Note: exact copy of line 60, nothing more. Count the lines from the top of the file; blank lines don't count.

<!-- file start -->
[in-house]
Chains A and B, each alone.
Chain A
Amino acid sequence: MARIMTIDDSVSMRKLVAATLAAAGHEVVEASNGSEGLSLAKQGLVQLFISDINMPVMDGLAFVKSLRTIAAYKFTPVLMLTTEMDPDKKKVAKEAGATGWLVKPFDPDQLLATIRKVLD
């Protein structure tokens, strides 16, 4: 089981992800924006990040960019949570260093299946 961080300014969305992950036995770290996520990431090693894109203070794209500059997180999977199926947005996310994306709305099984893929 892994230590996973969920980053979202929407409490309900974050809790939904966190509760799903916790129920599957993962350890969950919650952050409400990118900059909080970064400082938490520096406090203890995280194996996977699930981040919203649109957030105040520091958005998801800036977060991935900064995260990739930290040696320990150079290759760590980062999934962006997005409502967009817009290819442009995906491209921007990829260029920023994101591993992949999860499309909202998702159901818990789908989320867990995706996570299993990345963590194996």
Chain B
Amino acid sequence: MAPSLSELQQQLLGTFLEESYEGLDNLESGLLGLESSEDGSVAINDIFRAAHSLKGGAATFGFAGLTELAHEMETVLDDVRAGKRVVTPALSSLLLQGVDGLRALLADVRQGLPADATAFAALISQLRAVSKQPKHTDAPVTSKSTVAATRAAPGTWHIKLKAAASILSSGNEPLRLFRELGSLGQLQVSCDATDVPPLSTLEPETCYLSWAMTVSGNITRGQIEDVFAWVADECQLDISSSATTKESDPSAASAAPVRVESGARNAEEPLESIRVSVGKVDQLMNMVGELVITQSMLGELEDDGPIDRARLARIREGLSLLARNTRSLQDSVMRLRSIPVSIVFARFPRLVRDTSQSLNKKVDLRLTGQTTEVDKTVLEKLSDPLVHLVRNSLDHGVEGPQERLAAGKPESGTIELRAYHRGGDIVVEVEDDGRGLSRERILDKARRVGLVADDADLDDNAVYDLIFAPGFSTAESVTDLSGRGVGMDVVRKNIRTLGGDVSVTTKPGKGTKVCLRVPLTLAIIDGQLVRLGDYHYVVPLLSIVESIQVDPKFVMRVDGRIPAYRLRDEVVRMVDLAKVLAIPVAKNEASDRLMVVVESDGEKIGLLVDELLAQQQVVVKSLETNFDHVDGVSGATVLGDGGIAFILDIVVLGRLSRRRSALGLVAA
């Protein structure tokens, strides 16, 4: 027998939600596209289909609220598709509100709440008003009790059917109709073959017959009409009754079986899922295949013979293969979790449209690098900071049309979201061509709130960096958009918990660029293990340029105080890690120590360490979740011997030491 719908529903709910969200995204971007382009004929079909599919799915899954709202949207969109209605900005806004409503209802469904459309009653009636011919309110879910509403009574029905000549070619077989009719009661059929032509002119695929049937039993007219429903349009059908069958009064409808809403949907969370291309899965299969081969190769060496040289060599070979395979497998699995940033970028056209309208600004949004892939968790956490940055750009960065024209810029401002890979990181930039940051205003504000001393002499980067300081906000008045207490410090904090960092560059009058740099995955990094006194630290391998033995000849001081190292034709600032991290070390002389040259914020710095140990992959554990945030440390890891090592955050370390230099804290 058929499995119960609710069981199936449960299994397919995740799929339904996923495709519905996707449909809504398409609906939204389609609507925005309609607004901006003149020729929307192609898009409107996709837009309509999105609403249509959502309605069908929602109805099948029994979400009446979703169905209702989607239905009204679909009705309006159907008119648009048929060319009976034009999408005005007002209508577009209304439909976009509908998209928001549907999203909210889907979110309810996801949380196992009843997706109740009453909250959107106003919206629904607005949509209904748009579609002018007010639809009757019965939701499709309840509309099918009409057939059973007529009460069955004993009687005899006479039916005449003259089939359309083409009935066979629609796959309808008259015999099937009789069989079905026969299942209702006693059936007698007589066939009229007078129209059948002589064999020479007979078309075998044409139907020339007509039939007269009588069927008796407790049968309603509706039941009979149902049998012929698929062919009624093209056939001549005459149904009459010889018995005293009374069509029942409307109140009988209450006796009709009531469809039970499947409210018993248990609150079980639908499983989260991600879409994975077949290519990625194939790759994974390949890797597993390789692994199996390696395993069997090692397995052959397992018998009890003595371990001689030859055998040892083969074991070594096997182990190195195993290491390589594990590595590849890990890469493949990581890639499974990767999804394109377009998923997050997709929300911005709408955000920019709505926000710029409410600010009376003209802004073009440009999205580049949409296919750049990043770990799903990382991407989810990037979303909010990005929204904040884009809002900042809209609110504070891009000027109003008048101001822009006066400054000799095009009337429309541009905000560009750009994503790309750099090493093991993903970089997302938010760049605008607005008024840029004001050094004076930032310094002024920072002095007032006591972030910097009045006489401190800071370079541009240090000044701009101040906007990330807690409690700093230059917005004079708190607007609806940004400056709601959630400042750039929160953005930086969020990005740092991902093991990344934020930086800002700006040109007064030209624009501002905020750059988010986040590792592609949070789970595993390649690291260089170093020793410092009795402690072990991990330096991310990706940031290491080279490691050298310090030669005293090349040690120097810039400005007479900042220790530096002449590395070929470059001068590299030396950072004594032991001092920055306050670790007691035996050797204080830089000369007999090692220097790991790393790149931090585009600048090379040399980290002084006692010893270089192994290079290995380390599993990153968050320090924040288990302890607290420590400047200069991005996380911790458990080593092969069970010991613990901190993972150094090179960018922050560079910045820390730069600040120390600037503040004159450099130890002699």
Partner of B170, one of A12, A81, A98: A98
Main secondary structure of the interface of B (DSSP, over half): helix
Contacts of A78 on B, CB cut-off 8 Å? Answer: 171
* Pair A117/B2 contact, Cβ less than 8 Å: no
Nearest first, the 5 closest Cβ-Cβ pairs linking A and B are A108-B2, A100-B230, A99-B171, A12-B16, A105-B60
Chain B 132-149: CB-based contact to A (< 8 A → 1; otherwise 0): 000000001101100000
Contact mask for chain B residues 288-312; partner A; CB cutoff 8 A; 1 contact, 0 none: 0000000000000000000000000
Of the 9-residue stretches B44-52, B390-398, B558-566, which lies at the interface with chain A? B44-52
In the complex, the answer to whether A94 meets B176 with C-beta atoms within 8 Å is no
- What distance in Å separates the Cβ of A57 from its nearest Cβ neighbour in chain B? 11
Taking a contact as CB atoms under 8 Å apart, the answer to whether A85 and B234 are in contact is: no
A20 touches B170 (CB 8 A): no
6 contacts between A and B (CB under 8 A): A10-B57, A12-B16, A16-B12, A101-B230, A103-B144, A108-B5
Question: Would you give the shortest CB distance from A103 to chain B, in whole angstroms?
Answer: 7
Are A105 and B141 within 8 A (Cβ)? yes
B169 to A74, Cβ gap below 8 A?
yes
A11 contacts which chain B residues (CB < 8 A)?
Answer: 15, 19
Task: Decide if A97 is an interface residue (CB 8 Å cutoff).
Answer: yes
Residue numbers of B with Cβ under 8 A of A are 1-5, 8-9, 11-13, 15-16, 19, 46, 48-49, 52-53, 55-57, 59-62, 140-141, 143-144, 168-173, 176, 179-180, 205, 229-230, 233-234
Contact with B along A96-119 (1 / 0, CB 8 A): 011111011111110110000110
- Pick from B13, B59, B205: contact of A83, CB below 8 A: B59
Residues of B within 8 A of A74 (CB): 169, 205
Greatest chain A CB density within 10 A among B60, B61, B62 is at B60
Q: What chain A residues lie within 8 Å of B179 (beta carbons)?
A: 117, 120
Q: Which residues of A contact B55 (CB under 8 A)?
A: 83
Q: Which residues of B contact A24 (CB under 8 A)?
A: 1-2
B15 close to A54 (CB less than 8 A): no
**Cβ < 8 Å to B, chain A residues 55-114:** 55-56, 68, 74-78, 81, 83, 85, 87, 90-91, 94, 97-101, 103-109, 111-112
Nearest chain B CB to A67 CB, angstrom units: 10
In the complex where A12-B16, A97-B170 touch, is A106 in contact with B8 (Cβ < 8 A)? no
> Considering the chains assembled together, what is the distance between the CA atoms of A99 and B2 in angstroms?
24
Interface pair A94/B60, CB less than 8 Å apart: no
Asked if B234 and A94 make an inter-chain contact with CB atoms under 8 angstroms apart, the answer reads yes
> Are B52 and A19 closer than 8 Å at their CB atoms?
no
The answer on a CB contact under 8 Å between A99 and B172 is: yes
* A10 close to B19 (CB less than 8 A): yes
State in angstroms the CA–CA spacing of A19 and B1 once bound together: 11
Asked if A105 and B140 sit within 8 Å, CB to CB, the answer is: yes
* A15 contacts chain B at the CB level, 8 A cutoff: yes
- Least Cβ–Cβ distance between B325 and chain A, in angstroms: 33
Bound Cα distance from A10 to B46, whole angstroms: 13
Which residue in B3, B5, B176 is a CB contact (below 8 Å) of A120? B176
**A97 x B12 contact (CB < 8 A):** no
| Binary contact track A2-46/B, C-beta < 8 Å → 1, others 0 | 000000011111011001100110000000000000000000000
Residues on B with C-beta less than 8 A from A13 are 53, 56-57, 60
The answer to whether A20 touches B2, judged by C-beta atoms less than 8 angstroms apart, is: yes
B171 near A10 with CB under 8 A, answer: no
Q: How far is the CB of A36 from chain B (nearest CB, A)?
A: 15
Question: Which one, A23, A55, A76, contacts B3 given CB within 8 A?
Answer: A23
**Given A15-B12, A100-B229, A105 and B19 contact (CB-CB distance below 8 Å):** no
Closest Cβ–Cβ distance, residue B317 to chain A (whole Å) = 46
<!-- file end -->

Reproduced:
**A97 x B12 contact (CB < 8 A):** no